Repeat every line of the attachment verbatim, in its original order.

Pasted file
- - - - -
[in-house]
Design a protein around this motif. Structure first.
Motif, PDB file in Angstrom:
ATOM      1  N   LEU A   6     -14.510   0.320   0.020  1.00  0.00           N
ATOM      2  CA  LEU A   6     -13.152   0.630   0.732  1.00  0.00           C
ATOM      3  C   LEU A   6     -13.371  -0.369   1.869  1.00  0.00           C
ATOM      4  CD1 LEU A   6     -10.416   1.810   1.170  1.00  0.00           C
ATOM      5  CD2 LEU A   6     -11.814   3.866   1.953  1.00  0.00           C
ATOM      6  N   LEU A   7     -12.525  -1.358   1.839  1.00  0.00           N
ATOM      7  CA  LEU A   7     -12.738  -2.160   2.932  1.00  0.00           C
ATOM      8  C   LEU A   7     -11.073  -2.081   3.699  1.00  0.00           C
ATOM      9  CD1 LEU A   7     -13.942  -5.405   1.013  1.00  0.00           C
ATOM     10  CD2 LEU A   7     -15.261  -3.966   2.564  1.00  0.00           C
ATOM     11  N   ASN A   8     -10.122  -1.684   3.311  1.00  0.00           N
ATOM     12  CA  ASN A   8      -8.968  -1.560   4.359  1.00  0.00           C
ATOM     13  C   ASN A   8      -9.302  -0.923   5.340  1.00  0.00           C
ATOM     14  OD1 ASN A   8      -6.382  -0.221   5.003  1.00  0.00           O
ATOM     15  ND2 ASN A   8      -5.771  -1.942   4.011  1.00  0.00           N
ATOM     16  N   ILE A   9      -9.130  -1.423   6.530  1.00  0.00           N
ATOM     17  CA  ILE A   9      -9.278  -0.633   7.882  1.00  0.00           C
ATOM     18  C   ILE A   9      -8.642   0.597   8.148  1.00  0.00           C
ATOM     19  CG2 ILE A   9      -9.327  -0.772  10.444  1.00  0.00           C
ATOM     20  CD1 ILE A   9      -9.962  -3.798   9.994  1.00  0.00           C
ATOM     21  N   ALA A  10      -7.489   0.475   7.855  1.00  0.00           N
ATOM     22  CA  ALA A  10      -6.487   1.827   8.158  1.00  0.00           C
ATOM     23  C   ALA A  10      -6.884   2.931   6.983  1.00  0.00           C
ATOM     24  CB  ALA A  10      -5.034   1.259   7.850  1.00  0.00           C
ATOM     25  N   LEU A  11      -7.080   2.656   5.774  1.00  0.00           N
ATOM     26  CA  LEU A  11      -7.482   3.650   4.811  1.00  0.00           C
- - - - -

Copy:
[in-house]
Design a protein around this motif. Structure first.
Motif, PDB file in Angstrom:
ATOM      1  N   LEU A   6     -14.510   0.320   0.020  1.00  0.00           N
ATOM      2  CA  LEU A   6     -13.152   0.630   0.732  1.00  0.00           C
ATOM      3  C   LEU A   6     -13.371  -0.369   1.869  1.00  0.00           C
ATOM      4  CD1 LEU A   6     -10.416   1.810   1.170  1.00  0.00           C
ATOM      5  CD2 LEU A   6     -11.814   3.866   1.953  1.00  0.00           C
ATOM      6  N   LEU A   7     -12.525  -1.358   1.839  1.00  0.00           N
ATOM      7  CA  LEU A   7     -12.738  -2.160   2.932  1.00  0.00           C
ATOM      8  C   LEU A   7     -11.073  -2.081   3.699  1.00  0.00           C
ATOM      9  CD1 LEU A   7     -13.942  -5.405   1.013  1.00  0.00           C
ATOM     10  CD2 LEU A   7     -15.261  -3.966   2.564  1.00  0.00           C
ATOM     11  N   ASN A   8     -10.122  -1.684   3.311  1.00  0.00           N
ATOM     12  CA  ASN A   8      -8.968  -1.560   4.359  1.00  0.00           C
ATOM     13  C   ASN A   8      -9.302  -0.923   5.340  1.00  0.00           C
ATOM     14  OD1 ASN A   8      -6.382  -0.221   5.003  1.00  0.00           O
ATOM     15  ND2 ASN A   8      -5.771  -1.942   4.011  1.00  0.00           N
ATOM     16  N   ILE A   9      -9.130  -1.423   6.530  1.00  0.00           N
ATOM     17  CA  ILE A   9      -9.278  -0.633   7.882  1.00  0.00           C
ATOM     18  C   ILE A   9      -8.642   0.597   8.148  1.00  0.00           C
ATOM     19  CG2 ILE A   9      -9.327  -0.772  10.444  1.00  0.00           C
ATOM     20  CD1 ILE A   9      -9.962  -3.798   9.994  1.00  0.00           C
ATOM     21  N   ALA A  10      -7.489   0.475   7.855  1.00  0.00           N
ATOM     22  CA  ALA A  10      -6.487   1.827   8.158  1.00  0.00           C
ATOM     23  C   ALA A  10      -6.884   2.931   6.983  1.00  0.00           C
ATOM     24  CB  ALA A  10      -5.034   1.259   7.850  1.00  0.00           C
ATOM     25  N   LEU A  11      -7.080   2.656   5.774  1.00  0.00           N
ATOM     26  CA  LEU A  11      -7.482   3.650   4.811  1.00  0.00           C